Some clients think THERE IS AN ANSWER. And the world of SEO and Digital seems to be encouraging this mindset more than ever. Where you might see precision, I see navel gazing. Be careful of navel gazing analytics. You might miss blue-sky big picture or the freight train about to run you over. As a Brand Leader, you can’t always get THE answer. Too much in marketing eliminates risk, rather than encourages risk taking. That only helps you sleep better, but you’ll dream less.
You likely have the best intentions for your business. And you likely believe that having a good relationship with the agency is crucial and you work at it. But if you suffer from any of these, you might be holding back your contributions into the process.
Here’s a presentation on How to Be a Better Client
Other Stories You Might Like
- How to Write a Creative Brief. The creative brief really comes out of two sources, the brand positioning statement and the advertising strategy that should come from the brand plan. To read how to write a Creative Brief, click on this hyperlink: How to Write a Creative Brief
- How to Write a Brand Positioning Statement. Before you even get into the creative brief, you should be looking at target, benefits and reason to believe. To read how to write a Brand Positioning Statement, click on this hyperlink: How to Write an Effective Brand Positioning Statement
- How to Write a Brand Plan: The positioning statement helps frame what the brand is all about. However, the brand plan starts to make choices on how you’re going to make the most of that promise. Follow this hyperlink to read more on writing a Brand Plan: How to Write a Brand Plan
- Turning Brand Love into Power and Profits: The positioning statement sets up the promise that kick starts the connection between the brand and consumer. There are four other factors that connect: brand strategy, communication, innovation and experience. The connectivity is a source of power that can be leveraged into deeper profitability. To read more click on the hyper link: Love = Power = Profits
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ABOUT BELOVED BRANDS INC.: At Beloved Brands, we are only focused on making brands better and making brand leaders better.Our motivation is that we love knowing we were part of helping someone to unleash their full potential. We promise to challenge you to Think Different. We believe the thinking that got you here, will not get you where you want to go. Our President and Chief Marketing Officer, Graham Robertson is a brand leader at heart, who loves everything about brands. He comes with 20 years of experience at companies such as Johnson and Johnson, Pfizer Consumer, General Mills and Coke, where he was always able to find and drive growth. Graham has won numerous new product and advertising awards. Graham brings his experience to your table, strong on leadership and facilitation at very high levels and training of Brand Leaders around the world. To reach out directly, email me at email@example.com or follow on Twitter @grayrobertson1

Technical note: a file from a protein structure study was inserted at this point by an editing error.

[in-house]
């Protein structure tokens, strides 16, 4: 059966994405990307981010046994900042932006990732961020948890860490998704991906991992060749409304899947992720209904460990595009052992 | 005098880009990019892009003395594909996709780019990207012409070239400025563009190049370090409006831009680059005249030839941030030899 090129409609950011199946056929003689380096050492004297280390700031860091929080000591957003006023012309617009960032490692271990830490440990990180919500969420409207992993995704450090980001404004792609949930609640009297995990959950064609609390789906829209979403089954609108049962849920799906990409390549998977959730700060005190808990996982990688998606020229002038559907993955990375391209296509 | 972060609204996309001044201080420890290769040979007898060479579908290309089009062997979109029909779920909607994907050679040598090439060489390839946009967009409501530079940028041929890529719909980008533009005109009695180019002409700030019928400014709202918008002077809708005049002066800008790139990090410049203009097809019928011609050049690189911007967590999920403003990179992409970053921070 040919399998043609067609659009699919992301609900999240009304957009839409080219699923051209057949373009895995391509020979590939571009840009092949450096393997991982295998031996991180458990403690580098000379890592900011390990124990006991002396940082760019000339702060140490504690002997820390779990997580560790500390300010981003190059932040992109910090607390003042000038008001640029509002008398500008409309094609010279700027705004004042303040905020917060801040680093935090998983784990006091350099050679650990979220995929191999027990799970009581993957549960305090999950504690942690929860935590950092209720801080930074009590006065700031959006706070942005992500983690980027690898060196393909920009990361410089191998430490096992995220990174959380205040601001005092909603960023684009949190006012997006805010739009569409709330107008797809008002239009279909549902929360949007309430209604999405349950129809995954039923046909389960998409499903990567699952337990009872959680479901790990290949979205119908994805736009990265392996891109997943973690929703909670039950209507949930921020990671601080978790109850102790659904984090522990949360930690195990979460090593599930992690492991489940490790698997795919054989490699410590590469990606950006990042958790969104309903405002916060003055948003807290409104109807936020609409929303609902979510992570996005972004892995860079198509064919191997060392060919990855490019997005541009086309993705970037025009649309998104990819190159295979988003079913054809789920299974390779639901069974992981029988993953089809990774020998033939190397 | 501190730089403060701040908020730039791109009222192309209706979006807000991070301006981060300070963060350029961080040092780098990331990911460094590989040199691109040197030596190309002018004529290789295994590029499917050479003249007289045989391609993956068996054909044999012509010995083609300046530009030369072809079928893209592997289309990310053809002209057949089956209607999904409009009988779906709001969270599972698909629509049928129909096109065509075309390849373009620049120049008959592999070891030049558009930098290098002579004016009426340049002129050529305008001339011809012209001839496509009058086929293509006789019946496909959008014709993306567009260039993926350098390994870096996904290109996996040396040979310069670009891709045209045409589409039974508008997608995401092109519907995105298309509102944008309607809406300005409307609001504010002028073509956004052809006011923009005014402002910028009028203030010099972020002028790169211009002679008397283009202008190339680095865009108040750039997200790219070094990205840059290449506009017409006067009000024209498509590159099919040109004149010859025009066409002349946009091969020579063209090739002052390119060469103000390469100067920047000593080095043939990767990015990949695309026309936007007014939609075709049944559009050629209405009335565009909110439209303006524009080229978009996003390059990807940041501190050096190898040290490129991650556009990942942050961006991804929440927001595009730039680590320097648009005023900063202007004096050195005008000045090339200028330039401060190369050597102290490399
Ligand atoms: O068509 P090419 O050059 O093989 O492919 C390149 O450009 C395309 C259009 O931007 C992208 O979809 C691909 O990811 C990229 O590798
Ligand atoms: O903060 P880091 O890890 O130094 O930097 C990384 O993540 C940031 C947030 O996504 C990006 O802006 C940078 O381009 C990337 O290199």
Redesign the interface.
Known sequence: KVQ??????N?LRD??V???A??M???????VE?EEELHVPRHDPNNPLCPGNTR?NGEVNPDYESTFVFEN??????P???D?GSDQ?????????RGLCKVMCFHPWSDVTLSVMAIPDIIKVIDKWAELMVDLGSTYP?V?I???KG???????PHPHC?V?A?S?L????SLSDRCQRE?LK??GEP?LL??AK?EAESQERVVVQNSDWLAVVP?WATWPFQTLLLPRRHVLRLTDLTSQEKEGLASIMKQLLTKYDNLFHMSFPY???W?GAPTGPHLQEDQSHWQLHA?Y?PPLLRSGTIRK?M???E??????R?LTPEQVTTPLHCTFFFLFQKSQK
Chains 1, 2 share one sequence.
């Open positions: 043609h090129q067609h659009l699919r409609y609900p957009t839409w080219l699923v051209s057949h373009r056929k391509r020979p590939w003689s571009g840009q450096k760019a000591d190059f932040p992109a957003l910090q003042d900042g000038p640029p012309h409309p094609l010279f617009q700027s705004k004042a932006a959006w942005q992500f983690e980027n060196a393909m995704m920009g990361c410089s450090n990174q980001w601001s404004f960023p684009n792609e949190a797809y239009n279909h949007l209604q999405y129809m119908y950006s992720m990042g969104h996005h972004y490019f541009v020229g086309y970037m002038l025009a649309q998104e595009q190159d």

At Beloved Brands, we love to see Brand Leaders reach their full potential. Here are the most popular article “How to” articles. We can offer specific training programs dedicated to each topic. Click on any of these most read articles:
- How to Write a Brand Positioning Statement
- How to Write a Brand Plan
- How to Write a Creative Brief
- How to create a Brand Strategy Road Map
- How to Judge Advertising
- How to write a Mini Creative Brief
- How to Think Strategically
- How to Build a Media Strategy
- Brand Love = Power = Profit
- How to Have a Successful Marketing Career
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This entry was posted in How to Guide for Marketers and tagged in ABM, ad age, Advertising, agency, be a better client, brand leader, brand manager, brand positioning statement, briefs, client, cmo, consumer marketing, CPG, creative teams, digital, Social, vp marketing.
Graham is the voice of the modern Brand Leader. He started Beloved Brands, knowing he could “Make Brands better and Brand Leaders better™”. His Beloved Brands blog has 2 million views, and his public speaking appearances inspire Brand Leaders to love what they do. The idea behind Beloved Brands is the more love you can generate with your consumers, the more power you have in the market which drives higher growth and profits for your brand. As a brand coach, Graham helps to find growth where others couldn’t, creating Brand ideas consumers love and Brand Plans everyone can follow. For Brand Leaders wanting to reach their full potential The Brand Leadership Center offers workshops on strategic thinking, analytics, planning, positioning, creative briefs, judging advertising and media. Graham spent 20 years leading some of the world’s most beloved brands at Johnson and Johnson, Pfizer, General Mills and Coke, rising through the ranks up to VP Marketing. Graham played a major role in helping Pfizer win Marketing Magazine’s Marketer of the Year award. Beloved Brands has a robust Client list that includes NFL Players Inc, NFLPA, Pfizer Consumer Healthcare, Earls Kitchen + Bar, 3M, 649 Lottery, Sunlight, Carlsberg, Slimquick, Red Racer, Shagri-la Hotel, Canada’s Wildlife Health and Fluke.View more posts from this author